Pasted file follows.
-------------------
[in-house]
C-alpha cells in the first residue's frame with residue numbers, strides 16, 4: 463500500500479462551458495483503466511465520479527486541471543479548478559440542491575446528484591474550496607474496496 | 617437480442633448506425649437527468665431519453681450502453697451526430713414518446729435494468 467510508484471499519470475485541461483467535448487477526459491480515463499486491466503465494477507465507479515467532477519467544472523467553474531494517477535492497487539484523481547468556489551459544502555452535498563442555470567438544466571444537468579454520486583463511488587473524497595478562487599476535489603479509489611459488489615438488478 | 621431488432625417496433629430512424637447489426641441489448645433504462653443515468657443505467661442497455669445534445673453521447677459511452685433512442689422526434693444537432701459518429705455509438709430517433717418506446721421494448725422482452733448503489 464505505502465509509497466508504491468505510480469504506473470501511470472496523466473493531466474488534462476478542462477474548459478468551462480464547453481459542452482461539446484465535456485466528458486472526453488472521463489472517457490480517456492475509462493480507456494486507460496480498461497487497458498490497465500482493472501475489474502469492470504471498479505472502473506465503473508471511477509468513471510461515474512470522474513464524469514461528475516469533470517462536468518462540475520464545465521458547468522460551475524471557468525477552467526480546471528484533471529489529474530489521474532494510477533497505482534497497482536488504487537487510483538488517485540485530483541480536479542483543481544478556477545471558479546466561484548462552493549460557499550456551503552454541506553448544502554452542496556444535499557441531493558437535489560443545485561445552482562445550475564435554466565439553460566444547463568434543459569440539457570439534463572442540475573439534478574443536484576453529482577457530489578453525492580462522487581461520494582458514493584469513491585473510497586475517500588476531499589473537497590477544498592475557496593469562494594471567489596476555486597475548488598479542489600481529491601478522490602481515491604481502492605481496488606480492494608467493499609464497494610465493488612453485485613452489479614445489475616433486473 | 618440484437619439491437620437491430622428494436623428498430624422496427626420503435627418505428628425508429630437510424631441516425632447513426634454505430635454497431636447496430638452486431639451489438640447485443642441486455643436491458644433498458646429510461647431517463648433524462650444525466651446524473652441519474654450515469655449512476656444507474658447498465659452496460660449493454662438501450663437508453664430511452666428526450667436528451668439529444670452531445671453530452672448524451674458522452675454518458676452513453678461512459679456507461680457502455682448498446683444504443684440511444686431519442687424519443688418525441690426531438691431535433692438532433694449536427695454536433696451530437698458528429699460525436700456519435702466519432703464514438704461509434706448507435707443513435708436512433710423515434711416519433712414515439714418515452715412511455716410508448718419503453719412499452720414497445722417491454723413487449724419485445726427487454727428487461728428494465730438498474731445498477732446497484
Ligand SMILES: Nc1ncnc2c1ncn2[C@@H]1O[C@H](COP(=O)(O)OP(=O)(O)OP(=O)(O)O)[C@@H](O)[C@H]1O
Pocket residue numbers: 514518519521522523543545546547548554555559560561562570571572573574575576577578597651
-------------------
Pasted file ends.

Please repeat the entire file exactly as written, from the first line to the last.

[in-house]
C-alpha cells in the first residue's frame with residue numbers, strides 16, 4: 463500500500479462551458495483503466511465520479527486541471543479548478559440542491575446528484591474550496607474496496 | 617437480442633448506425649437527468665431519453681450502453697451526430713414518446729435494468 467510508484471499519470475485541461483467535448487477526459491480515463499486491466503465494477507465507479515467532477519467544472523467553474531494517477535492497487539484523481547468556489551459544502555452535498563442555470567438544466571444537468579454520486583463511488587473524497595478562487599476535489603479509489611459488489615438488478 | 621431488432625417496433629430512424637447489426641441489448645433504462653443515468657443505467661442497455669445534445673453521447677459511452685433512442689422526434693444537432701459518429705455509438709430517433717418506446721421494448725422482452733448503489 464505505502465509509497466508504491468505510480469504506473470501511470472496523466473493531466474488534462476478542462477474548459478468551462480464547453481459542452482461539446484465535456485466528458486472526453488472521463489472517457490480517456492475509462493480507456494486507460496480498461497487497458498490497465500482493472501475489474502469492470504471498479505472502473506465503473508471511477509468513471510461515474512470522474513464524469514461528475516469533470517462536468518462540475520464545465521458547468522460551475524471557468525477552467526480546471528484533471529489529474530489521474532494510477533497505482534497497482536488504487537487510483538488517485540485530483541480536479542483543481544478556477545471558479546466561484548462552493549460557499550456551503552454541506553448544502554452542496556444535499557441531493558437535489560443545485561445552482562445550475564435554466565439553460566444547463568434543459569440539457570439534463572442540475573439534478574443536484576453529482577457530489578453525492580462522487581461520494582458514493584469513491585473510497586475517500588476531499589473537497590477544498592475557496593469562494594471567489596476555486597475548488598479542489600481529491601478522490602481515491604481502492605481496488606480492494608467493499609464497494610465493488612453485485613452489479614445489475616433486473 | 618440484437619439491437620437491430622428494436623428498430624422496427626420503435627418505428628425508429630437510424631441516425632447513426634454505430635454497431636447496430638452486431639451489438640447485443642441486455643436491458644433498458646429510461647431517463648433524462650444525466651446524473652441519474654450515469655449512476656444507474658447498465659452496460660449493454662438501450663437508453664430511452666428526450667436528451668439529444670452531445671453530452672448524451674458522452675454518458676452513453678461512459679456507461680457502455682448498446683444504443684440511444686431519442687424519443688418525441690426531438691431535433692438532433694449536427695454536433696451530437698458528429699460525436700456519435702466519432703464514438704461509434706448507435707443513435708436512433710423515434711416519433712414515439714418515452715412511455716410508448718419503453719412499452720414497445722417491454723413487449724419485445726427487454727428487461728428494465730438498474731445498477732446497484
Ligand SMILES: Nc1ncnc2c1ncn2[C@@H]1O[C@H](COP(=O)(O)OP(=O)(O)OP(=O)(O)O)[C@@H](O)[C@H]1O
Pocket residue numbers: 514518519521522523543545546547548554555559560561562570571572573574575576577578597651